The word “memoir” evokes something very particular in its genre details: an individual life story, a look backward, something fundamental about its specific details. Maximilian Werner’s Gravity Hill is all of these things—yet at its core, it’s absolutely none of them.
The University of Utah faculty member begins with stories of his own relatively new role as a father before slipping into reflection on his own youth primarily spent in the Salt Lake City suburbs with his siblings and divorced single mother. And it’s a life that seems remarkable he escaped alive: adolescence (and even pre-adolescent years) spent in heavy drinking, drug use and all of the various accompanying activities built on those years’ armor of perceived immortality.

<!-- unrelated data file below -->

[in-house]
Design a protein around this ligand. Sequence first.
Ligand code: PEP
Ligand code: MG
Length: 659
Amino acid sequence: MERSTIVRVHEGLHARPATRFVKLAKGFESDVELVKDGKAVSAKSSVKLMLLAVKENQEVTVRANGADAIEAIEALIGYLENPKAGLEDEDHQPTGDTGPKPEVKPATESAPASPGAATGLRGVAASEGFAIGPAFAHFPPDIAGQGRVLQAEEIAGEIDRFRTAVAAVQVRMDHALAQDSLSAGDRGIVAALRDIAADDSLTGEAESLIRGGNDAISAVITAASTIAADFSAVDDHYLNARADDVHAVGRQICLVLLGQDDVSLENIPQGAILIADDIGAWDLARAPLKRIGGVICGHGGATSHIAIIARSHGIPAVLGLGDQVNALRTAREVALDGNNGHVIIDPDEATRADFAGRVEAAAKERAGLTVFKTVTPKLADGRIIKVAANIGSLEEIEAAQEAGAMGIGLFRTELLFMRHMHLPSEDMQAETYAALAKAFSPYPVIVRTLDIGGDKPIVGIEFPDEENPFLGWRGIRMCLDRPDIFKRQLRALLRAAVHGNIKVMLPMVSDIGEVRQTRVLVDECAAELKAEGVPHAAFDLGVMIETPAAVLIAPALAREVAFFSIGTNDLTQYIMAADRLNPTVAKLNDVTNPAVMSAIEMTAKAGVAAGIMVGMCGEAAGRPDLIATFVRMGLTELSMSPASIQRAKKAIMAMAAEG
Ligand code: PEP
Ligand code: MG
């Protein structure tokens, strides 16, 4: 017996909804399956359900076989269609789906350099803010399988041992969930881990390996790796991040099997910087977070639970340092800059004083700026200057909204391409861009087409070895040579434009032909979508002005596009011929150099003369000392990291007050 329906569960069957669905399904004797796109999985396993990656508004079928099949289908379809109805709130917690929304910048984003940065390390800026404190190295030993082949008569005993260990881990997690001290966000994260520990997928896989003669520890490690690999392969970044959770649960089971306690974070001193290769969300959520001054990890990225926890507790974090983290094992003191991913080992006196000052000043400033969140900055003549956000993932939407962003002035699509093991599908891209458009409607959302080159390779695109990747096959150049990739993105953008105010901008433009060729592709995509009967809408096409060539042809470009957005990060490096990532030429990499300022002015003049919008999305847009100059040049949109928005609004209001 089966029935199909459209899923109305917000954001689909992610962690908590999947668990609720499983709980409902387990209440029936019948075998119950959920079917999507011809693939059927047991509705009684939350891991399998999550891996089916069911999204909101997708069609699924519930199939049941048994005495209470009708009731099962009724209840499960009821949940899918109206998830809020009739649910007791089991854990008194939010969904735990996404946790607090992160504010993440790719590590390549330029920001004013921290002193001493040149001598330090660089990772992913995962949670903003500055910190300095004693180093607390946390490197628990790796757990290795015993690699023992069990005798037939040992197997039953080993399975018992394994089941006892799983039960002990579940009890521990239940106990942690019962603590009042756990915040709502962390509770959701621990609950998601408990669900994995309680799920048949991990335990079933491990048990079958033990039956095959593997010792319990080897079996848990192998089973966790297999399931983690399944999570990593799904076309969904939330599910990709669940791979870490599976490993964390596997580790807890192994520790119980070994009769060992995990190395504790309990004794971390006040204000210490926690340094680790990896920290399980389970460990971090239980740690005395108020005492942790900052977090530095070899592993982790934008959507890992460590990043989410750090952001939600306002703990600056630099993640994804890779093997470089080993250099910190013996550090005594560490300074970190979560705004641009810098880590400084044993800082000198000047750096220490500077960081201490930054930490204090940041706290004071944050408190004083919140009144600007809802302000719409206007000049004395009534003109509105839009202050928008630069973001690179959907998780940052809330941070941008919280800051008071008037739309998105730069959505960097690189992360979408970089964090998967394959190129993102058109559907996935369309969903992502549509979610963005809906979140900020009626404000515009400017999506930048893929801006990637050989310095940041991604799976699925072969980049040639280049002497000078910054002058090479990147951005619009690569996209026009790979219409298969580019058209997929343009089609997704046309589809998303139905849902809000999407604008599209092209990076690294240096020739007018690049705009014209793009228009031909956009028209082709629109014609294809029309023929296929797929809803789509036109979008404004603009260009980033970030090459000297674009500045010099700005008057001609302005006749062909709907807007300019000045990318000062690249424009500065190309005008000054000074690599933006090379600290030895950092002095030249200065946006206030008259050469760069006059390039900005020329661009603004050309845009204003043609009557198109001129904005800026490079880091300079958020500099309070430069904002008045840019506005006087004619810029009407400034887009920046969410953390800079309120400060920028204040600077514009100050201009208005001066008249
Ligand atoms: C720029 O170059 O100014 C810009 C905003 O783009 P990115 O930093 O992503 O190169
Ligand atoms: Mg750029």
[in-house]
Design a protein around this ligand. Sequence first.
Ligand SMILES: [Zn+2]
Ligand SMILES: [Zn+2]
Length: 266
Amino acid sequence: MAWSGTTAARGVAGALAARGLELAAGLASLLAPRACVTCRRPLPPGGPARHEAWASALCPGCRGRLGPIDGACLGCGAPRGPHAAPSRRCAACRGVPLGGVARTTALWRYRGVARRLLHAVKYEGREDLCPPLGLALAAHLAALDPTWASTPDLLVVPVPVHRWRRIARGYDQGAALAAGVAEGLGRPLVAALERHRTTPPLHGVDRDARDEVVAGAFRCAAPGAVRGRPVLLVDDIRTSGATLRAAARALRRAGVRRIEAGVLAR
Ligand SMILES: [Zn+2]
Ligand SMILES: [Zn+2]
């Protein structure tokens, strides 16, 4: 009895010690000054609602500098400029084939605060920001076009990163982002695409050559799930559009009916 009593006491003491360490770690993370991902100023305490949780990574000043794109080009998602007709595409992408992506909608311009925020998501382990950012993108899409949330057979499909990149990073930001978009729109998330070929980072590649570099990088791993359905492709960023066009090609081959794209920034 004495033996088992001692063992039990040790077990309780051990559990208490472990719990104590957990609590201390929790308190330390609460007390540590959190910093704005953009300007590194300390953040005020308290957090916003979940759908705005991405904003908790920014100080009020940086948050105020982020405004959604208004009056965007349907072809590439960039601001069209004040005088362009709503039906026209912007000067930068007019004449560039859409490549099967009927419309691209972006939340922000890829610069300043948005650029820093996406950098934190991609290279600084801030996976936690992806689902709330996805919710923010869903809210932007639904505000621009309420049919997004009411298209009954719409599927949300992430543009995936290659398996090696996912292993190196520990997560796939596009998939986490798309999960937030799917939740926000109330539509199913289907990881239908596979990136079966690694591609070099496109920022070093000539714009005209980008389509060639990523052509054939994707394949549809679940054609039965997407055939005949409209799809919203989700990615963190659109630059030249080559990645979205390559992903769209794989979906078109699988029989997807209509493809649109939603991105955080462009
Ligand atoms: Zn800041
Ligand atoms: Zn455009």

Yet mortality itself is the meat on Gravity Hill’s bones, as Werner tells tales of many friends and acquaintances lost too soon to foolishness or dumb, terrible luck, even as he contemplates the connection between parenthood and awareness of death’s inevitability. He nests flashbacks within flashbacks, his remarkable prose—at times deeply poetic, at times simple and earthy—turning his poignant, funny, improbable anecdotes into the equivalent of reading a life flashing before the author’s eyes, while he also tries to see beyond the “bend in the road” that will one day separate his life from those of his children.
The result is a kind of existential epic, but one full of acid trips, near escapes from tragedy and the haunting realization that “the more I love, the more I fear death.” (Scott Renshaw)
May 10, 2013 Time:
1511 S. 1500 East, Salt Lake City, 84105Where: